Now she inspires similar approaches for students at the University of Miami’s Frost School, where she has served since the Fall as inaugural Chamber Music Artist-in-Residence. The invitation came from Coleman, with whom Moran has collaborated on more than one occasion. “As a flutist and a composer,” Coleman said, “I have realized that although Alicia is not an instrumentalist, her way of sharing art serves the chamber music setting quite wonderfully and specifically. She has an ability to tie musicianship to comportment in ways that can change our art form.” Moran’s work at Frost has involved close interaction with ensembles (albeit virtually, given the pandemic) and deep discussions drawn from her own published writings about music history.
We spoke recently via Zoom, about music-school education—her own, and those she now helps shape—and about its changed context.
How did your new role at the Frost School of Music come about?
At the Frost School, they have a tradition where the incoming professors in the music department present a recital. When Valerie Coleman joined the faculty, her recital had many dimensions to it, including guest musicians. She invited me to recite a Langston Hughes text to a piece she had composed, “Portraits of Langston.” The afternoon of the recital, after we completed our sound check, another group took the stage to rehearse, the Stamps Woodwind Quintet. These were scholarship students, playing Valerie’s music. They walked on looking like a bunch of kids. They played, and it was glorious. And then they just kind of walked off. I don’t know what got into me, but I jumped onto the stage and I just started interacting with them: Can I show you another way you could walk onstage, one that acknowledges for how gloriously your sound fills the room? Can we talk about your footsteps, and about your eyeballs?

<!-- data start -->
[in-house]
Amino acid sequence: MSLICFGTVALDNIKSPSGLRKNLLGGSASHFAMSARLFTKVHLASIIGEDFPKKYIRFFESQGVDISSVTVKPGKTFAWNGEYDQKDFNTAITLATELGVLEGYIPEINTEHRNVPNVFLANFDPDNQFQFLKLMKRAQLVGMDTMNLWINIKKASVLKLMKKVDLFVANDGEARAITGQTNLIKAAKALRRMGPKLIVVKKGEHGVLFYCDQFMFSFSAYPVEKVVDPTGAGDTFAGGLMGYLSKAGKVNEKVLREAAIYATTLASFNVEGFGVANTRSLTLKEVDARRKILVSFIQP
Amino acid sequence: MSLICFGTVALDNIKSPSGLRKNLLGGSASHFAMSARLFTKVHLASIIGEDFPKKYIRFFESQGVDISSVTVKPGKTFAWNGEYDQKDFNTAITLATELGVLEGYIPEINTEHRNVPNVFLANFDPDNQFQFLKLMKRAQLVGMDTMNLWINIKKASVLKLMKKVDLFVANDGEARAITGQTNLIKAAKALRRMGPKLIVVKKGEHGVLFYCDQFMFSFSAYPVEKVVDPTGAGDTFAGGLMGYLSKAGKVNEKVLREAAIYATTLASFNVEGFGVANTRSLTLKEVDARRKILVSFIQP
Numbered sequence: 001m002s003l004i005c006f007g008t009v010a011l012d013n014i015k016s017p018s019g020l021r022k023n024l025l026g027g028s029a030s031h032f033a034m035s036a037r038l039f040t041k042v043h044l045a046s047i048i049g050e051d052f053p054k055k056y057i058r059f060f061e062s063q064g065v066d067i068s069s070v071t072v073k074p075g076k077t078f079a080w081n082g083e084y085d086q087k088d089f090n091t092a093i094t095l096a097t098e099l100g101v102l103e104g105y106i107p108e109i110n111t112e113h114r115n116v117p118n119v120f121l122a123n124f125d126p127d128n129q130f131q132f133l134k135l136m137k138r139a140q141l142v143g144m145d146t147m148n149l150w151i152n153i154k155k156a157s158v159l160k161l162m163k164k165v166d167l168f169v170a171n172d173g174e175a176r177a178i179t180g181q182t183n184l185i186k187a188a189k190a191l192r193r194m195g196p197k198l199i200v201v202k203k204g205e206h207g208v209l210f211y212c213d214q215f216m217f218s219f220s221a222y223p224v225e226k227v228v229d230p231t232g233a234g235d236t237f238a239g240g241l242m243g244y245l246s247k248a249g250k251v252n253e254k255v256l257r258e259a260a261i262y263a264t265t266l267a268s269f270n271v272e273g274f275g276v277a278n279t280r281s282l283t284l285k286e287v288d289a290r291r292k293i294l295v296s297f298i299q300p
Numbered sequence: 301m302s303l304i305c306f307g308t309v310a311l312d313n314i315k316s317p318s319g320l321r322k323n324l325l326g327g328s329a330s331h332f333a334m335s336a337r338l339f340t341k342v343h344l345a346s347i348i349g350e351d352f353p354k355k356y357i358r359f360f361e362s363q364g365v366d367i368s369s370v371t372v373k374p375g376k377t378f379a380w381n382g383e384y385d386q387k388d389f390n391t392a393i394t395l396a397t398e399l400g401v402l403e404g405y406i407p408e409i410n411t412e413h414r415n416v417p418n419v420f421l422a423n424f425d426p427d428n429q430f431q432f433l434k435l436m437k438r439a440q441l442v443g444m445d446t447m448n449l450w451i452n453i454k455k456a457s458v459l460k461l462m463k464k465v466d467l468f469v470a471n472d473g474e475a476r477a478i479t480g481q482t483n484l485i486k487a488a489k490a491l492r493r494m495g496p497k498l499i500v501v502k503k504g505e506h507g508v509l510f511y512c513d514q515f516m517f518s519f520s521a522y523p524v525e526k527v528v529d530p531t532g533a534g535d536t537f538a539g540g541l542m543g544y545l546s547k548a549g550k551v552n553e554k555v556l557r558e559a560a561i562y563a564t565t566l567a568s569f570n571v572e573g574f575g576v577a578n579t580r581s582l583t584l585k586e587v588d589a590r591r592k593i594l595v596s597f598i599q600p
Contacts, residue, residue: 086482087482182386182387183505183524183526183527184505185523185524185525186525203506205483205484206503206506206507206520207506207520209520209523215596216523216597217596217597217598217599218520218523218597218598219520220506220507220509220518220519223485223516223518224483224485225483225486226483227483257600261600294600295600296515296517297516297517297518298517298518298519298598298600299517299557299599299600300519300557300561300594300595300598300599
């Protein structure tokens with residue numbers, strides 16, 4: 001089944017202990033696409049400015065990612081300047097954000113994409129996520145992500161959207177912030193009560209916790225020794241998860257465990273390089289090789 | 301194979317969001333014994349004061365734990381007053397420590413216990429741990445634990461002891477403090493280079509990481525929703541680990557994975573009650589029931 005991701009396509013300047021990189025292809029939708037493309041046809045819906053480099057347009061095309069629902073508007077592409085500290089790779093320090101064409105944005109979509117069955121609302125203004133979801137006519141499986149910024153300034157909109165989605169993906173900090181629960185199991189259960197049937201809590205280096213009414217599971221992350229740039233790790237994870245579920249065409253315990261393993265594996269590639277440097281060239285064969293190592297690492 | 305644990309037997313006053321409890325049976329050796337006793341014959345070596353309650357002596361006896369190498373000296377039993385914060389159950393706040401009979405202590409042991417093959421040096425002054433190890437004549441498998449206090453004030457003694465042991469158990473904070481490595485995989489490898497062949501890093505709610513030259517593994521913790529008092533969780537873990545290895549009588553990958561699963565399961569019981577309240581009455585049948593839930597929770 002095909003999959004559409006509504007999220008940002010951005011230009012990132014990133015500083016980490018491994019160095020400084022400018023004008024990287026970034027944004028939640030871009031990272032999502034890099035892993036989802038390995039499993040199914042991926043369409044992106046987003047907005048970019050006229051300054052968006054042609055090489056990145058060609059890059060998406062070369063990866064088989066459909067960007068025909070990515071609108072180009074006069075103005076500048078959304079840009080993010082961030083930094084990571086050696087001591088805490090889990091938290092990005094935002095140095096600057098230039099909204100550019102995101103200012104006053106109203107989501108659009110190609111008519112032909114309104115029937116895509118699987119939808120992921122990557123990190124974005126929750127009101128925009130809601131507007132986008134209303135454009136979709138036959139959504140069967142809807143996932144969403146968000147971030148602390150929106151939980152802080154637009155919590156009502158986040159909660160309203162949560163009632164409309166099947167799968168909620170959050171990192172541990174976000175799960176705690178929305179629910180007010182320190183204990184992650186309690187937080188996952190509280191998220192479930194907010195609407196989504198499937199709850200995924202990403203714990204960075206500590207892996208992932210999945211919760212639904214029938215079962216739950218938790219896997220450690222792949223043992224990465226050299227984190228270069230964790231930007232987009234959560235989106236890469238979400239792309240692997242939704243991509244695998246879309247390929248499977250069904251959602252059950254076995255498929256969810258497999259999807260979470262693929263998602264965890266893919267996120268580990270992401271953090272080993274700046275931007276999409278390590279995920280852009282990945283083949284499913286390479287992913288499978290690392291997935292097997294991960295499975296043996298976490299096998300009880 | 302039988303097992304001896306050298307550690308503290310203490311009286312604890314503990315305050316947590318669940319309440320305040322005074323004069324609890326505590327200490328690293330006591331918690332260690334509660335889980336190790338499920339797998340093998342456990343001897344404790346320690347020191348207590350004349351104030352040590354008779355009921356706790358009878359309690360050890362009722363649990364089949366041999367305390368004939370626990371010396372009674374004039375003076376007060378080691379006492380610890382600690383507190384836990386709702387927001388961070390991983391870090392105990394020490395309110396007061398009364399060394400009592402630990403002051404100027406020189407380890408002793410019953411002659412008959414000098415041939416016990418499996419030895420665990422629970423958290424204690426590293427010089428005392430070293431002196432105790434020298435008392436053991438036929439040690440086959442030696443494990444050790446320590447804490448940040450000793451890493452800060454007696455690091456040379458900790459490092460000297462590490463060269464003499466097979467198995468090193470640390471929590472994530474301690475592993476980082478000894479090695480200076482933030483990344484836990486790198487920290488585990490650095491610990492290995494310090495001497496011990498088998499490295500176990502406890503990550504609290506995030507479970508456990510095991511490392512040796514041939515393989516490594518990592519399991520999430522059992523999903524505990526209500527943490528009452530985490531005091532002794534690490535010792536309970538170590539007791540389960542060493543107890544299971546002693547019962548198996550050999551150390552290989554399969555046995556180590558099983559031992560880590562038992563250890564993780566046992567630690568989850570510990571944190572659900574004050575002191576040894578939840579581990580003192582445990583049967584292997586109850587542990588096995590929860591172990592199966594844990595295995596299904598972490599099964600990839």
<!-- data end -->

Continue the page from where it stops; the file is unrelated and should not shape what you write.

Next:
Were they receptive to that sort of inquiry?
I could tell from their body language that they were open and available. First, I shared with them: Let me show you how you made me feel. Here’s the change in me, right here. I talked to them about the instruments they were carrying, and about that time in between when we first see them and when they first make those sounds. And then when they leave, to embrace how beautiful that was, in their bodies, as they walked off: How would one do that? Then I ran out into the audience, and we went over some of the things I had talked about, the first of which was the level of their eyes and their sense of one another as they come out.